Pet food labels: Made in the USA

Labeling a pet food or treat as “Made in the USA” can enhance consumers’ trust in that product and help those dog and cat foods stand out to buyers.

Tim Wall Headshot Small Headshot
(SSilver | BigStock.com)
(SSilver | BigStock.com)

Labeling a pet food or treat as “Made in the USA” can enhance consumers’ trust in that product and help those dog and cat foods stand out to buyers, but also creates issues for pet food formulators and ingredient procurers.

“It’s a twofold challenge,” said Robert Lee, vice president of operations for American Nutrition. “For one, you are limiting yourself to a single location as your source for ingredients. Then you have to compete with others who are not.”

This article is part of a Petfood Industry series that explores labeling issues.

Other articles in the series:

Pet food labels: 3 new product trends at SuperZoo

Pet food labels: 4 popular natural dog, cat food trends

Pet food labels: Made in the USA

Selling a US-made product may mean buying vegetables from a local farmer or vitamins from a limited number of US-based industrial labs. Those materials tend to be more expensive than pet food ingredients purchased from overseas sources, where labor, equipment and land may be less costly. That translates into higher prices for “Made in the USA”

“The other issue is beating the rush,” he said. “Everyone has a similar buying season. A lot if it is based on crop cycles and when you harvest different animals. You have to beat the rush to get a dependable, high quality supply at a good price.”

Made in the USA labels build pet owner trust

For those pet food manufacturers that beat those challenges, “Made in the USA” claims on pet food packaging can draw consumers’ attention, Don Tomala, managing partner of Chicago-based Matrix Partners, told Petfood Industry.

Specifically, Made in the USA claims on pet food packages can help make an impression within the critical first three seconds of being seen, he said.

“When shopping the pet food aisle, customers scan for graphic cues such as grain free icons and ‘made in USA’ flags when they encounter an unfamiliar brand,” Tomala said. “If they don’t quickly see something relevant to them, they will keep on walking.”

In the wake of the 2007 pet food recalls, dog and cat owners became more wary and critical of the ingredients in their animals’ food. The melamine-tainted ingredients that resulted in the 2007 recalls came from China, which shook pet food buyers’ confidence in ingredients from China. Seeing the Made in the USA label at least assures pet food buyers that they know where their ingredients come from, Lee said.

“The big thing is that it gives them a little more comfort,” Lee said. “From a consumer level it’s cloudy. They don’t know about food safety laws in other countries like China or Brazil, but they probably have some idea about ours just from living here…. The unknown is uncomfortable, so people look for something made down the street or one state over.”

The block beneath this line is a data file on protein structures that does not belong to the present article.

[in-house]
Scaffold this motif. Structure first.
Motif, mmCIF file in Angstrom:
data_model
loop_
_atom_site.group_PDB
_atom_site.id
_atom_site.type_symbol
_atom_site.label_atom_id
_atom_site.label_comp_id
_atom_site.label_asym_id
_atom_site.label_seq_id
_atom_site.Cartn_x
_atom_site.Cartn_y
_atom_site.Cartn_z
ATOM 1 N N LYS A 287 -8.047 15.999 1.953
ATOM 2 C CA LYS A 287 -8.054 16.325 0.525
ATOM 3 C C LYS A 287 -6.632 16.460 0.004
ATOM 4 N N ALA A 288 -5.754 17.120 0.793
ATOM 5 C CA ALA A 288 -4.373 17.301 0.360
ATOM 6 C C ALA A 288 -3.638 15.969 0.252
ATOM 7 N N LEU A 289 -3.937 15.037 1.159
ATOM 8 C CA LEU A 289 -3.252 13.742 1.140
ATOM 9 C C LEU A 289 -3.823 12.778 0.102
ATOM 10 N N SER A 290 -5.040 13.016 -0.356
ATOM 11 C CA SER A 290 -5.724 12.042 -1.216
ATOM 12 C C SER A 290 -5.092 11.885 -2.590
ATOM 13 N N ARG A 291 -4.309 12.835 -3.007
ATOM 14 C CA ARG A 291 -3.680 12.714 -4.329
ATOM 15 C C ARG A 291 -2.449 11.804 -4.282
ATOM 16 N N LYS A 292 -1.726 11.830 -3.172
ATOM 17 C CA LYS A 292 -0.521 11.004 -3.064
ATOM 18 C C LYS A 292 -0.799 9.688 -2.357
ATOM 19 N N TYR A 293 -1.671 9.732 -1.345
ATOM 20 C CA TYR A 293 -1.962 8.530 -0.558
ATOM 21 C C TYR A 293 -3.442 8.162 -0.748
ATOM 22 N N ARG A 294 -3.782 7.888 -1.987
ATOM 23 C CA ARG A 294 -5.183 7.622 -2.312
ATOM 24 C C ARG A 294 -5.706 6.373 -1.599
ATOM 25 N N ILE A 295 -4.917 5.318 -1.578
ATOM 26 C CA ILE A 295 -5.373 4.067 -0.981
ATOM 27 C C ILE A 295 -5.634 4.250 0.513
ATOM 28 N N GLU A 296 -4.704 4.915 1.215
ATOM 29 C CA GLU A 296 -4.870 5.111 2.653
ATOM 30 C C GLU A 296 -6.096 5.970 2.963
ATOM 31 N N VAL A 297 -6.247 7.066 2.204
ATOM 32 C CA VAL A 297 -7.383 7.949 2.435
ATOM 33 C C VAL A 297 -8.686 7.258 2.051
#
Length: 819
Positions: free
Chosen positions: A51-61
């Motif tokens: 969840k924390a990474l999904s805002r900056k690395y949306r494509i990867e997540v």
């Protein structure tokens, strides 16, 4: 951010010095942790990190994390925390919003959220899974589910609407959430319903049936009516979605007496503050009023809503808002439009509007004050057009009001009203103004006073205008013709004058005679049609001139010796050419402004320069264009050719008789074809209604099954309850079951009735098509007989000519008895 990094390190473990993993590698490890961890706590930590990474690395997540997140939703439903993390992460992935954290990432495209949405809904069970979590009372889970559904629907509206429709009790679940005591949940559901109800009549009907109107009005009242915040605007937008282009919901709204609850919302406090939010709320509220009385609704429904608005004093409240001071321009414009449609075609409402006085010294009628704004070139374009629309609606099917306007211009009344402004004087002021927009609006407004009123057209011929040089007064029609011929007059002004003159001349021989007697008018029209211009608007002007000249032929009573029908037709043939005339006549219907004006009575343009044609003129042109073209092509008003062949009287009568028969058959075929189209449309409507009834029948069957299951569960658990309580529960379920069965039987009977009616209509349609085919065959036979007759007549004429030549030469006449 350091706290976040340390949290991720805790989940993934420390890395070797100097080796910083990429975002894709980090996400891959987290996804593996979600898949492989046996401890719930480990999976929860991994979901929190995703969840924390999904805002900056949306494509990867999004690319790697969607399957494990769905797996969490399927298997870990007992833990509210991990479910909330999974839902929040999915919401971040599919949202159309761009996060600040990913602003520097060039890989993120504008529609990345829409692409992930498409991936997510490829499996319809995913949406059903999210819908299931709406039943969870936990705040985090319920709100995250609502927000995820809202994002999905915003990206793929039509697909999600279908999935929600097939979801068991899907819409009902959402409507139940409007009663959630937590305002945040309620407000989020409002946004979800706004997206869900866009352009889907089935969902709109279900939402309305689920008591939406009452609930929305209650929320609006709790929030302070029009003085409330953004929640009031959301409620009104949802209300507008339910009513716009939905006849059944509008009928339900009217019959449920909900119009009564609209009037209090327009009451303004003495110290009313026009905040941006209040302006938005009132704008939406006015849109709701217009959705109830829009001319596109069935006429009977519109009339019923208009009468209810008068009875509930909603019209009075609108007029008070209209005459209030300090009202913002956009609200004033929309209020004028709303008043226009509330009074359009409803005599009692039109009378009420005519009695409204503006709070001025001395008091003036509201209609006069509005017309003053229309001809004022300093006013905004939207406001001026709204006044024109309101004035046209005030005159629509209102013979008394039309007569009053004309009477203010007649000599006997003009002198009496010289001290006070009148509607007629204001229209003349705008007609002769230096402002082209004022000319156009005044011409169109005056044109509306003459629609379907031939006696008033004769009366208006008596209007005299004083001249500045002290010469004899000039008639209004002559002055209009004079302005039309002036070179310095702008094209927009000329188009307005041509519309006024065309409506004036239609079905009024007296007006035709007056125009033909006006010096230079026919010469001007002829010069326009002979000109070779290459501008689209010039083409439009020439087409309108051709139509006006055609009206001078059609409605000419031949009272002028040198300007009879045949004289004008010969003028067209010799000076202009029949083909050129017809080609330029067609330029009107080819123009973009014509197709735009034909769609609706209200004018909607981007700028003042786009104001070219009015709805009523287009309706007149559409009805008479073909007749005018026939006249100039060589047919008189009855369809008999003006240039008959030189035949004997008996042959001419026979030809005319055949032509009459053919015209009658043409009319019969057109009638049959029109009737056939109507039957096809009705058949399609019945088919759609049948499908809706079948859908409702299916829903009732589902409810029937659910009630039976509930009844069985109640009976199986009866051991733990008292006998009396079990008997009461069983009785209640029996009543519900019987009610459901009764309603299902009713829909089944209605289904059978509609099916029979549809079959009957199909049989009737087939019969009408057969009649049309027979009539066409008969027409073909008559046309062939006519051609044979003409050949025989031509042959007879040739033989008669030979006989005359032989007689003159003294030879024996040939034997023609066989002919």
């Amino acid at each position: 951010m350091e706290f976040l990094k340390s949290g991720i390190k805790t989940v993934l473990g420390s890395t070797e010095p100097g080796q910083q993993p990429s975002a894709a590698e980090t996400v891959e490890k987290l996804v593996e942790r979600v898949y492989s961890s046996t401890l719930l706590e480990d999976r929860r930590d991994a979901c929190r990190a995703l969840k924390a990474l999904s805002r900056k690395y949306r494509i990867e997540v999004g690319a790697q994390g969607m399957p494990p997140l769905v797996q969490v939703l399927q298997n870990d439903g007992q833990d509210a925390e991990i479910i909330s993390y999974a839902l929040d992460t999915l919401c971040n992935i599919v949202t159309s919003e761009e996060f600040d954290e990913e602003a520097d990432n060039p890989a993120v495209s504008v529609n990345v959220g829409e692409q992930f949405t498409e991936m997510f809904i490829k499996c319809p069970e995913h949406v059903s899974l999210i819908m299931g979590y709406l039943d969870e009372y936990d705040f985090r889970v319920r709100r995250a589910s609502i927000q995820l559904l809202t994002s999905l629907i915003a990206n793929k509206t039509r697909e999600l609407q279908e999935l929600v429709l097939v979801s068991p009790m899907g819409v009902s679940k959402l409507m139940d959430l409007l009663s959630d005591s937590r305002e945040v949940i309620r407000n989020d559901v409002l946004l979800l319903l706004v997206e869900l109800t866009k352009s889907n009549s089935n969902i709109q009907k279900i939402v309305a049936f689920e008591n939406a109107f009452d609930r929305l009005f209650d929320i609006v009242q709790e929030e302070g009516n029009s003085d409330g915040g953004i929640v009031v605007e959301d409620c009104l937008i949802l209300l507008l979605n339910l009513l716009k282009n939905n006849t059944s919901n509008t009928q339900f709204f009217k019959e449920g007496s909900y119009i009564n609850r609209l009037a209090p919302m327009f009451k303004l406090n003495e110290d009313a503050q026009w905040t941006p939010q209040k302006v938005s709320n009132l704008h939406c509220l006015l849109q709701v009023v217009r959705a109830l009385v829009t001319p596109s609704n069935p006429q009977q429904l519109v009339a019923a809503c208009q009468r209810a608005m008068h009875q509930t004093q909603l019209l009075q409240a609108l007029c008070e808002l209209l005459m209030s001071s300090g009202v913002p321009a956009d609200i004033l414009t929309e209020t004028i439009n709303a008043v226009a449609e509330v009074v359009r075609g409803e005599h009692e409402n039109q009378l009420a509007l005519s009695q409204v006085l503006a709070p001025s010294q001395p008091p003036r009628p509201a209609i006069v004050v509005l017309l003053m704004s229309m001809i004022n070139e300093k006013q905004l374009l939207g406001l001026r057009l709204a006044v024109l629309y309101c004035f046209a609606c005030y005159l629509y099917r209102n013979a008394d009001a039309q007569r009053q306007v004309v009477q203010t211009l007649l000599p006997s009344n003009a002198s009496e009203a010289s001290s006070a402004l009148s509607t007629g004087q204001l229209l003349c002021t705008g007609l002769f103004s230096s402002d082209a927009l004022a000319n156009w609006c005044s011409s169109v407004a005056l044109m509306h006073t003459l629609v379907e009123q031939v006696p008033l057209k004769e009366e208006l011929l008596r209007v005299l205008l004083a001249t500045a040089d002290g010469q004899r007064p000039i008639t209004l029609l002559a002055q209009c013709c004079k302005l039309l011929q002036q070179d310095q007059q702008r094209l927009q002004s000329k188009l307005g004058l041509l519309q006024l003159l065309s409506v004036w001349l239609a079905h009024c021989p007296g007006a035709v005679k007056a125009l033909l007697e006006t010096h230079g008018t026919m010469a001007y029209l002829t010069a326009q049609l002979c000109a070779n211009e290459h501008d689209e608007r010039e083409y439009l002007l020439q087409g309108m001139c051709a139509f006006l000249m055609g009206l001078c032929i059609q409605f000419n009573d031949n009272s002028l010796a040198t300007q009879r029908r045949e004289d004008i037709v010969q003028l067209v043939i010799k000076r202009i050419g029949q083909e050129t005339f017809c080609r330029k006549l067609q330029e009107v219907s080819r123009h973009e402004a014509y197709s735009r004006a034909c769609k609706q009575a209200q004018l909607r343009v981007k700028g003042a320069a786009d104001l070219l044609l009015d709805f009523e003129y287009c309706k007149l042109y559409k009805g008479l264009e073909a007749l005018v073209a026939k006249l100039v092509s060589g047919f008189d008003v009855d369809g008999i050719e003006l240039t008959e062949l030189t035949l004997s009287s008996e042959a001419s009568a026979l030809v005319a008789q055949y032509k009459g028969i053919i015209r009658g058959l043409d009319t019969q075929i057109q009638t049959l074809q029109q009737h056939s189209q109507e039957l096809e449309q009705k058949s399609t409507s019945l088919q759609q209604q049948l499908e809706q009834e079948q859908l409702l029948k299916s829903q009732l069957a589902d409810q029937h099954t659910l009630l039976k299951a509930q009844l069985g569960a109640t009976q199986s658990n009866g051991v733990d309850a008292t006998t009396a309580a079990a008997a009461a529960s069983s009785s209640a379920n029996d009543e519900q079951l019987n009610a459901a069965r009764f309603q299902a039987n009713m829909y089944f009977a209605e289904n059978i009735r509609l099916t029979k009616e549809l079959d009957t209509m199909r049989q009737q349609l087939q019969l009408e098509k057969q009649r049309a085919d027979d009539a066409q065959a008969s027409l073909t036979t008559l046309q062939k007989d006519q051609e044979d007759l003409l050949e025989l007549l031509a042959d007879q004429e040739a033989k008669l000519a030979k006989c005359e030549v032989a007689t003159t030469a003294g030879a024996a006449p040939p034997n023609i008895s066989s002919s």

Regulatory issues for Made in the USA pet food

Finding that ingredient supplier located just one state over can be difficult. Some ingredients are simply not made within US borders, and that can lead to problems.

In April, a US federal judge dismissed a class action lawsuit against WellPet. The lawsuit alleged that WellPet marketed its dog food as “Made in the USA,” although the product used foreign ascorbic acid. However, since no US facilities make ascorbic acid, the Federal Trade Commission (FTC) may have allowed WellPet to call the dog food “Made in the USA,” argued WellPet’s lawyers.

FTC mandates that pet foods must be made “virtually” entirely of materials from the US and processed in facilities located in the US. However, FTC has never established a percentage for the amount of non-US materials, like litigious ascorbic acid, that can be included in a product labeled as “Made in the USA,” said Lee, though California has.

The FTC guidelines are not etched in stone and aren’t always easy to follow, he said. For example, if a foreign-sourced ingredient is used, then the qualities of the finished product must be substantially different from the raw material. What exactly that means can he hard to pinpoint. Other uncertainties arise at the macroeconomics level of the US federal government.

President Trump has declared that US industry and employment are a focus of his administration as part of his “America First” agenda. It’s too soon to know what affect this may have on demand for US-made products or availability of ingredients, said Lee.

However, Lee believes that much of the US pet food industry is ahead of the game on “Made in the USA.” For the past decade, the mainstream US pet food industry has already been focusing on finding ingredients from US farms and factories, then making their products under increasingly strict pet food safety regulations, including the Food Safety Modernization Act (FSMA).

“We in the industry, especially American Nutrition, are already there,” Lee said. “Anything that happens is not going to be a shock.”

Pet food labeling issues series

This article launches a Petfood Industry series that will explore labeling issues relevant to the pet food industry. Once per month, Petfood Industry will explore topics including differences between natural and organic pet foods, what “real meat” means and the requirements for human-grade labeling.

Page 1 of 555
Next Page